Recent links of note:

“Academic Activists Send a Published Paper Down the Memory Hole”
Theodore P. Hill, Quillette

Although its topic was controversial, the mathematics professor and scholar Theodore Hill knew his research was well founded. His project focused on the logical viability of the “Greater Male Variability Hypothesis,” an area of evolutionary research that suggests males are more likely than females to be extraordinary, in both the positive and negative sense (more Nobel laureates and more prison inmates). Don’t shoot the mathematician; that’s just science for you, Hill thought. But he didn’t expect his paper to be spiked in such unceremonious fashion—not once, but twice, after some colleagues found it challenged their beliefs about women’s success rates in the hard-sciences workforce. In his essay for Quillette, Hill reports unprecedented levels of unprofessionalism by those who found scientific research threatening their views about gender.

“The Village Voice Goes Silent, Finally”
Telly Davidson, The American Conservative

The Village Voice gave its last gasp on August 31, after struggling along on online life support for the past year. Once considered the gadfly of the New York news establishment, the Village Voice covered the stories that the more “respectable” publications—The New York Times, The New Yorker—wouldn’t. In its prime, the alt-weekly was unashamedly (and sometimes shamefully) radical and nonconformist, but it found itself in a downward spiral as the paper’s views were adopted by the mainstream. Tom Carsion, a Voice veteran, in his Baffler eulogy for the paper, goes so far as to say that the paper “folded simply because its work here was done.” Depending on one’s opinion of the Voice’s influence on the Times, Carson’s claim could be an epitaph that lives on in fame—or in ignominy.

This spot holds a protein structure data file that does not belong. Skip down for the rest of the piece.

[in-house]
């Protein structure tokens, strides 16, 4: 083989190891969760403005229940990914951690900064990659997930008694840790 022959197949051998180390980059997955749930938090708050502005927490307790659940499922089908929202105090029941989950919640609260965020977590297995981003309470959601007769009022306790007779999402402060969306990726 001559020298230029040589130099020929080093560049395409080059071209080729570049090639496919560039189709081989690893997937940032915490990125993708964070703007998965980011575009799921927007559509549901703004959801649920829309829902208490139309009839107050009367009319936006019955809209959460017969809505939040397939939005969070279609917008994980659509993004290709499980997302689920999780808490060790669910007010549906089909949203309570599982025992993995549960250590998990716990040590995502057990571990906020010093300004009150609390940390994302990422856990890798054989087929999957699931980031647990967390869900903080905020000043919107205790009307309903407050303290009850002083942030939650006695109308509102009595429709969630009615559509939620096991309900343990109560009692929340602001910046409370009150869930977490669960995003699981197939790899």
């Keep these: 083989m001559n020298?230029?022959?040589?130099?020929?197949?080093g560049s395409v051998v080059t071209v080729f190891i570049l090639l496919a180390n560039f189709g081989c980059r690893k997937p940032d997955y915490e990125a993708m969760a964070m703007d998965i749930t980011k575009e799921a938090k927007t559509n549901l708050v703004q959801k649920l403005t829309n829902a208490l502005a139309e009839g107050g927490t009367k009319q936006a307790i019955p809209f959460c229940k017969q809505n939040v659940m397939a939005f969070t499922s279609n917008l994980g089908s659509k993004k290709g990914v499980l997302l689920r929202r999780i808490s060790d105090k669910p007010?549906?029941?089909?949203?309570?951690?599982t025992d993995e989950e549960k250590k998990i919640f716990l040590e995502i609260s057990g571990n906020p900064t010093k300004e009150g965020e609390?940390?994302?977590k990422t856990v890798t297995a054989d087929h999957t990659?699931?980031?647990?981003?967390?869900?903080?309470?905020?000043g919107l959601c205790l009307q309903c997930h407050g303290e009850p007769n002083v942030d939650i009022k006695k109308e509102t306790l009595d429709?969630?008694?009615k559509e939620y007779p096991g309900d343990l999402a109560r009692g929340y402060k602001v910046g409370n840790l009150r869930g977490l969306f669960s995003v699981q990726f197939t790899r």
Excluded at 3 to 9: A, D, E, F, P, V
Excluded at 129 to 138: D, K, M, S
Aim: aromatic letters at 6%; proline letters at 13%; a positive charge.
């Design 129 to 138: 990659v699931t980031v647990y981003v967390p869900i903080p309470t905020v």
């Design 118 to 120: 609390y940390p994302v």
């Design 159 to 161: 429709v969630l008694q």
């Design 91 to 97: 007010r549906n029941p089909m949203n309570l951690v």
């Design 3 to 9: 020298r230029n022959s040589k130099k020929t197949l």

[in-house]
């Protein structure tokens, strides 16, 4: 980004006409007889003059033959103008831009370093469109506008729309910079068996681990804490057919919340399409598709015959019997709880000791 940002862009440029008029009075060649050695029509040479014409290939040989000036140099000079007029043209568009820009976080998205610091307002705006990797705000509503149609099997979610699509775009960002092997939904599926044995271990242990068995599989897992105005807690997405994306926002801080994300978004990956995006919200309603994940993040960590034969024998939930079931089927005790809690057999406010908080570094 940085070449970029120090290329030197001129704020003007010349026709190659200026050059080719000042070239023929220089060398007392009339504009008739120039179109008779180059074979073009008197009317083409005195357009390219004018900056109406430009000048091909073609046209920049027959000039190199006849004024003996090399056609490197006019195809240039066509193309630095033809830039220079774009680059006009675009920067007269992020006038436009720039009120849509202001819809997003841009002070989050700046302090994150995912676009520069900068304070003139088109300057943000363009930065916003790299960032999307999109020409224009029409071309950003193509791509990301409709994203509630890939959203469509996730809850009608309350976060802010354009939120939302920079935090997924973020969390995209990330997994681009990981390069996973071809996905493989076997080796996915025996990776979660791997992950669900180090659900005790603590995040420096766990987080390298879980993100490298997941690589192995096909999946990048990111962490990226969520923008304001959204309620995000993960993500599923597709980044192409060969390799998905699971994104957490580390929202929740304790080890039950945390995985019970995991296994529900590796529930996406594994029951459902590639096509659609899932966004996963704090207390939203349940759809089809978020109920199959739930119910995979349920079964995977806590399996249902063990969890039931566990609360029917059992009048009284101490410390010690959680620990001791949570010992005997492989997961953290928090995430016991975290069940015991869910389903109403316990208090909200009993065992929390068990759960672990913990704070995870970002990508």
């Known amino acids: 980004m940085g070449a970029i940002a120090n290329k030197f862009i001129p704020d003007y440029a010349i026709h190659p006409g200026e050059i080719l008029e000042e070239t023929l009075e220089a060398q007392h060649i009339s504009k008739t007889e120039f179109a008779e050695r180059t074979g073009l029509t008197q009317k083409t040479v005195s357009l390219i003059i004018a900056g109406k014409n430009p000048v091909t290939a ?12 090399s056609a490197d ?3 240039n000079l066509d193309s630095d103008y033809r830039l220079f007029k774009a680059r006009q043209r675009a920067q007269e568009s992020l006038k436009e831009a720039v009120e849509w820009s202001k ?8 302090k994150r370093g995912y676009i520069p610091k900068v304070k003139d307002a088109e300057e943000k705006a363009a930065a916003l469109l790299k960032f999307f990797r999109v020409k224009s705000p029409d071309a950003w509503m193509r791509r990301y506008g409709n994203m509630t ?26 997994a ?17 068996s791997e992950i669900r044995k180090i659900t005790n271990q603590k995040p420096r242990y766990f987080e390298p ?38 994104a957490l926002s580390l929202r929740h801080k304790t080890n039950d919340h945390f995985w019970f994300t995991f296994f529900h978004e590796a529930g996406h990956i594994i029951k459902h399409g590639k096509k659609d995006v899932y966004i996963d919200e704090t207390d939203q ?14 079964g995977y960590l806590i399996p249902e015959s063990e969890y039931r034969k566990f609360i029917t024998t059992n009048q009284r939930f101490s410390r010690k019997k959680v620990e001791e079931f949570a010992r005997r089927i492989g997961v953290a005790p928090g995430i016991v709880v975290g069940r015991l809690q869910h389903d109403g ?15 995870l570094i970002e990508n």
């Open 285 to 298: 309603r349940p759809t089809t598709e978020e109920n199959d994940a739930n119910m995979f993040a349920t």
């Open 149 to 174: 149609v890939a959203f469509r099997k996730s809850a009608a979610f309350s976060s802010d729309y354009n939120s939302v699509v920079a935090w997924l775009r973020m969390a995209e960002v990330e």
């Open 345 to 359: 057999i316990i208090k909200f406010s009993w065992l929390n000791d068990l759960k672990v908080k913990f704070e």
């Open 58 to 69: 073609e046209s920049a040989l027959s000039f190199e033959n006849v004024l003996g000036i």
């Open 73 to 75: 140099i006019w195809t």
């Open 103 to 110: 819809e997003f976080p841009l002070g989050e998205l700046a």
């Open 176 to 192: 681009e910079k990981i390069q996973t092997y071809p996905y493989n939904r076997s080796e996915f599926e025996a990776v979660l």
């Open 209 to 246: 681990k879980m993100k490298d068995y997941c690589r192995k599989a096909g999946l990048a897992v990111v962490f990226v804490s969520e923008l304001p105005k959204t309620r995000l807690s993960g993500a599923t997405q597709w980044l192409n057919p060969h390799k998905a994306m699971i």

“A Personal Tribute to Richard Timperio, a Beloved Figure of the Brooklyn Art Scene”
James Kalm, Hyperallergic

Brooklyn’s Williamsburg was a rising New York art hub when the artist and dealer Richard Timperio opened the Sideshow Gallery there in 1999. In the years following, his patronage helped make the neighborhood and many of its artists major players in the New York art scene, especially through his famous, and ever more inclusive, Christmas and New Year’s exhibitions. James Kalm writes about the ’Burg’s debt to Timperio, who died on Sunday. Read more on the annual exhibition at Sideshow here and here in reviews by our own James Panero.

“Friendly shade”
Andrew Motion, The Times Literary Supplement

A new edition of Philip Larkin’s biography was released last week. In this excerpt, Andrew Motion unearths the roots of the poet’s famous grimness as not “grumpiness,” but as a fearless honesty about life coupled with a gripping terror of death. Read to the end for a visit from Larkin beyond the grave, then read some New Criterion criticism of his work in Christopher Carduff’s blistering review of the first edition of Motion’s biography, along with essays on Larkin by the late U.S. Poet Laureate Donald Hall and William Logan.

From our pages:
Washington’s many faces
Mario Naves